- Best in class mobile browsing. Here the performance is actually exceeded by the Galaxy S II and iPhone 4S, but the overall experience taking into account screen size, and more particularly screen resolution, takes the Note to the top of class.
- Excellent battery life. Sure, browsing will exact a pretty heavy toll, but looking overall at all use the Note will disappoint few.
- Root access is easily acquired, as we've come to expect from Samsung (we've got a guide here if you're sitting there wondering how to Root your Note!)
- The S-Pen. Sure, it's benefits will be pretty marginal to the majority, but to those who could use this functionality it's immense. People with a penchant for sketching on the go, for example graphics design types, or people who need handwriting recognition (clue for Western readers: styli are still quite relevant throughout broad swathes of the world, for example Asia), will really appreciate the S-Pen.
- The size of the device. It is simply too big for many. For all it's charms, the Note won't ever be anything more than a niche device.
- The possibility that the Note, as a niche device, won't get the developer love it deserves. This could well be upgraded to "ugly" status should this start to become apparent.
- While the build quality is just fine, the build materials underwhelm again.
- No hot-swap for either SIM or external memory cards.
- Audiophiles may well find they still need a standalone music player.
- The speaker is on the quiet side.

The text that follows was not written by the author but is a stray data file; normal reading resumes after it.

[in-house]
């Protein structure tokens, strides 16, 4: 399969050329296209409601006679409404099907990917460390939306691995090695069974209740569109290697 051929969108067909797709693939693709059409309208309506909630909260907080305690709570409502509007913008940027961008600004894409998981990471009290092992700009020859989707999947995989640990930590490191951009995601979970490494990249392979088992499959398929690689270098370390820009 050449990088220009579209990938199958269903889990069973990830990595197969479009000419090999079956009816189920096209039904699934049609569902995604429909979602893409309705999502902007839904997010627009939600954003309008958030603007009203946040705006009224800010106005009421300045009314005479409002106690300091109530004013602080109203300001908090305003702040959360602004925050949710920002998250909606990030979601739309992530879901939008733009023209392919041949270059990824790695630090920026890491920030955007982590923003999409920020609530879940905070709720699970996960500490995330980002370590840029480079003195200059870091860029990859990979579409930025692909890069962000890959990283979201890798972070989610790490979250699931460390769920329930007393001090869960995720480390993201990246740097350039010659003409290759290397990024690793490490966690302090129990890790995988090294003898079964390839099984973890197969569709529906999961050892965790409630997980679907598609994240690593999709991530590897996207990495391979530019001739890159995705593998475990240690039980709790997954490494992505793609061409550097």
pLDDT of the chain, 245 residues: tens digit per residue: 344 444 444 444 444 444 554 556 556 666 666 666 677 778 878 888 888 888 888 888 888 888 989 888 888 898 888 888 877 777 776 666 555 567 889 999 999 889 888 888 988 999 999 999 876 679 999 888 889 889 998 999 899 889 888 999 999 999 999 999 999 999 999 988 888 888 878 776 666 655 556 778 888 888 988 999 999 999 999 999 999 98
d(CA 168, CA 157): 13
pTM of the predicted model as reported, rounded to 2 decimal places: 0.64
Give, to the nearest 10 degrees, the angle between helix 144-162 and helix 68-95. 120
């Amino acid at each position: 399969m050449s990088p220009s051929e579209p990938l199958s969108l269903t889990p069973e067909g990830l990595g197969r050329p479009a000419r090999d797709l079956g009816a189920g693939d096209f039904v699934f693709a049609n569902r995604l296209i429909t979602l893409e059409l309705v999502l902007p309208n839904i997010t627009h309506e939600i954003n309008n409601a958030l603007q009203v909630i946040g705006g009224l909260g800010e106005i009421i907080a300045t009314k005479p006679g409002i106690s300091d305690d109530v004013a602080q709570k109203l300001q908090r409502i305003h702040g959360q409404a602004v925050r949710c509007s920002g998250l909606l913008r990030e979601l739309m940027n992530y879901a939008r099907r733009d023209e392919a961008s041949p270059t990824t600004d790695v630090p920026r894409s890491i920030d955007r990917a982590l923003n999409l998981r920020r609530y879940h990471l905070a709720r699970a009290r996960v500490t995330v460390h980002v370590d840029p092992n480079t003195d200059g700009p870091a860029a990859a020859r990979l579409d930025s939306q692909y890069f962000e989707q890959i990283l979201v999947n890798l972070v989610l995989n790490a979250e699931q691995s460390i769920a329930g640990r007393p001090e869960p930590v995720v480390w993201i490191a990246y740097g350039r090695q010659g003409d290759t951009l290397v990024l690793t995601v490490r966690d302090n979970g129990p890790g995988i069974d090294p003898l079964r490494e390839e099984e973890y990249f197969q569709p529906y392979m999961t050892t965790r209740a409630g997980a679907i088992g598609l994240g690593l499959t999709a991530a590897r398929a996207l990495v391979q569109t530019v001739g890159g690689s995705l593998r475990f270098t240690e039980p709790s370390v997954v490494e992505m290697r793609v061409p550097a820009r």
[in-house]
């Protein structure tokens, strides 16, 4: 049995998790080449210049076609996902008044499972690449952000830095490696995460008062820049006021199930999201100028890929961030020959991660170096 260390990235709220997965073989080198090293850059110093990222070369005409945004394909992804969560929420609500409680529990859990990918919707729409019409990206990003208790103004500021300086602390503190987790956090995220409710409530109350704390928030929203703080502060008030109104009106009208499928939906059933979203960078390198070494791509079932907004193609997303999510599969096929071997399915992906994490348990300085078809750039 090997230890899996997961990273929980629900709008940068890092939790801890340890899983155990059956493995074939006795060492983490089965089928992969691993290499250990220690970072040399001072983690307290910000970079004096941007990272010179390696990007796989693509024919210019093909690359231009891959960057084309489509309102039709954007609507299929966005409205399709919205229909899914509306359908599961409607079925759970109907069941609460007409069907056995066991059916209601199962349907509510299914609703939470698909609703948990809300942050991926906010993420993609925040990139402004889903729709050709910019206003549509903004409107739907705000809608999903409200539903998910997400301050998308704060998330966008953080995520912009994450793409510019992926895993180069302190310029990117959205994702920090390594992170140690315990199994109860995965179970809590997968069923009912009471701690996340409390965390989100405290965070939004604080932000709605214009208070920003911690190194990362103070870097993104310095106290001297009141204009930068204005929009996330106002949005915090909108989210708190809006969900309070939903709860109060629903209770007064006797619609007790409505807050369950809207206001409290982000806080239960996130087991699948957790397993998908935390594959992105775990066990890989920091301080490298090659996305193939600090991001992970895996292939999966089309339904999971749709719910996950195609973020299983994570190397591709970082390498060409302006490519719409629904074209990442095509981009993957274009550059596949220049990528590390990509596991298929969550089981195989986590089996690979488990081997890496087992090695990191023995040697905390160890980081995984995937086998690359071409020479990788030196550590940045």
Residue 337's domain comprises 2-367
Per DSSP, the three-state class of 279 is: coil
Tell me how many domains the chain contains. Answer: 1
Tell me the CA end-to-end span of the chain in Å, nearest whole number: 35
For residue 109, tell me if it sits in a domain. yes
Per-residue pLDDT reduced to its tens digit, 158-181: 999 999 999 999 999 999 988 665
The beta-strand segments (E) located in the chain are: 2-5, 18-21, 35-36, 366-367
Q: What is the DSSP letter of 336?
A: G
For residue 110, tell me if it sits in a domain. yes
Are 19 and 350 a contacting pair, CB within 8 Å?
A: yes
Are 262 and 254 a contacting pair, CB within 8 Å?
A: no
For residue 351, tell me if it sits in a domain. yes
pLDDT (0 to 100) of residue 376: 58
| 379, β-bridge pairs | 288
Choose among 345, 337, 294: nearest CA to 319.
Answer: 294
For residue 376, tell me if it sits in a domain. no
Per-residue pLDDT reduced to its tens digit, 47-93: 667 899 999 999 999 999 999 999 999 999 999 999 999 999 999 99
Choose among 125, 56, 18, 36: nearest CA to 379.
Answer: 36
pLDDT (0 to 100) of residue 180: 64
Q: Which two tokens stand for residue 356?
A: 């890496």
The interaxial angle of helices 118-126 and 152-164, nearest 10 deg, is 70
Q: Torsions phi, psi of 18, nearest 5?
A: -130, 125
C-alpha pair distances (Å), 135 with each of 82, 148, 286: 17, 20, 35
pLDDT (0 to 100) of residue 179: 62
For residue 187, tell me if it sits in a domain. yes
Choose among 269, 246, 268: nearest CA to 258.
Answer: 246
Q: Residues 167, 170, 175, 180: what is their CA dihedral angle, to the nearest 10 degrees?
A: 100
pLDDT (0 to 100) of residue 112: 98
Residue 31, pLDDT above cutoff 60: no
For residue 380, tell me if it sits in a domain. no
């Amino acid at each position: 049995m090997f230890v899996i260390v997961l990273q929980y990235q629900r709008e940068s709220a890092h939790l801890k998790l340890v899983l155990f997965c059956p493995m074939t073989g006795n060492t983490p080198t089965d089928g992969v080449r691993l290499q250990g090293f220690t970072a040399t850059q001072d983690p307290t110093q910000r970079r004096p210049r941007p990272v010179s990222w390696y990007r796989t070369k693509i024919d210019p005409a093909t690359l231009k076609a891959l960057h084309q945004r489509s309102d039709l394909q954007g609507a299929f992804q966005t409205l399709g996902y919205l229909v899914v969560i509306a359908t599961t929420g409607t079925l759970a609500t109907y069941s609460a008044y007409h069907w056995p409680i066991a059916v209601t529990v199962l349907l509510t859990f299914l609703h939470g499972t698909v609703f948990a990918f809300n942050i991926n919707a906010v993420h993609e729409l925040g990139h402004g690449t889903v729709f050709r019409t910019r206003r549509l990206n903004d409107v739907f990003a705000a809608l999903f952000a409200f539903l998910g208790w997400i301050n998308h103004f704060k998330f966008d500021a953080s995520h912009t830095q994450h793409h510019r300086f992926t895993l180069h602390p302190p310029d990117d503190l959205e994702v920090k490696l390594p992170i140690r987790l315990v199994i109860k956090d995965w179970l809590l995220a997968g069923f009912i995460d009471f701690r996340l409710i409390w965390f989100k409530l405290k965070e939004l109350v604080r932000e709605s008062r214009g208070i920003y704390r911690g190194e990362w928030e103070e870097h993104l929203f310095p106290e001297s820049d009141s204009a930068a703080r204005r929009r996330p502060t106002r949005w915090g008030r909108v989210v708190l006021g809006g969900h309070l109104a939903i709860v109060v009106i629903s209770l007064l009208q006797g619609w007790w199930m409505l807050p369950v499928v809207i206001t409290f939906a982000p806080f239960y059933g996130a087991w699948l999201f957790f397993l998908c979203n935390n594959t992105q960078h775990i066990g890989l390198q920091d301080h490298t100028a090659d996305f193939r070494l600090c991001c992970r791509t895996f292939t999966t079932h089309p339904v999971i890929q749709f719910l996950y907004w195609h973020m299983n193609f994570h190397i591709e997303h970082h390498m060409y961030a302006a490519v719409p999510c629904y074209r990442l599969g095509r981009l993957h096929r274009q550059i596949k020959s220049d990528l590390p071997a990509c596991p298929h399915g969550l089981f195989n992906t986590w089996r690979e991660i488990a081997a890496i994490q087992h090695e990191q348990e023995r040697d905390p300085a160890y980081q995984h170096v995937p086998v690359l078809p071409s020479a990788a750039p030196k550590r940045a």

- Some of the stock software leaves a bit to be desired. If Android were as closed as some other OS environs this would warrant the ignominy of a slot in the "ugly" category, but there aren't really any deficiencies in stock software that can't be addressed with third party options.
- Something might come to me later, but for now I'm struggling to think of anything that deserves to find itself here. No doubt the size of the device would qualify for some.
Who should buy the Galaxy Note:
- Almost everyone who can handle the size of the device and is in the Market for an Android smartphone (the only people who fit this criterion who should consider something else at this time are those who want ICS NOW, and should therefore get the Galaxy Nexus)
- People who would rather have a smaller device, but can adapt to the size and for whom any of the following functions are absolutely paramount: video playback, browsing, or GPS functionality
Who should stay away:
- Most people. I realise that's going to sound incongruous given all the good things I've had to say about the Note, but the stark reality is that this handset will be too large for most people
- If you're not sure if this applies to you then your only recourse is to get some hands-on time with the Note, all the pocketability videos in the world can't replace having had the Note in your own hands
- Audiophiles who must use their handset for music also (there is a bit of a paradox there though, since genuine audiophiles are likely to require a dedicated device, and eschew using a cellphone as their on-the-go music player).
...and there it is, the Galaxy Note review is at an end.
Now I can relax for a day or so, before starting this all over again with the Galaxy Nexus.
We're going to have something of an interesting review format for the Nexus, since I'll actually be reviewing that handset at the Clove Blog, while AndroidNZ Associate Editor in Chief Nick "Lokhor" Monrad will be handling review duties here. With the Nexus only a few days away from us, more details will be coming very soon about the how that will unfold. Keep it locked here, and there, for some of the best Galaxy Nexus review coverage to be found on on the net.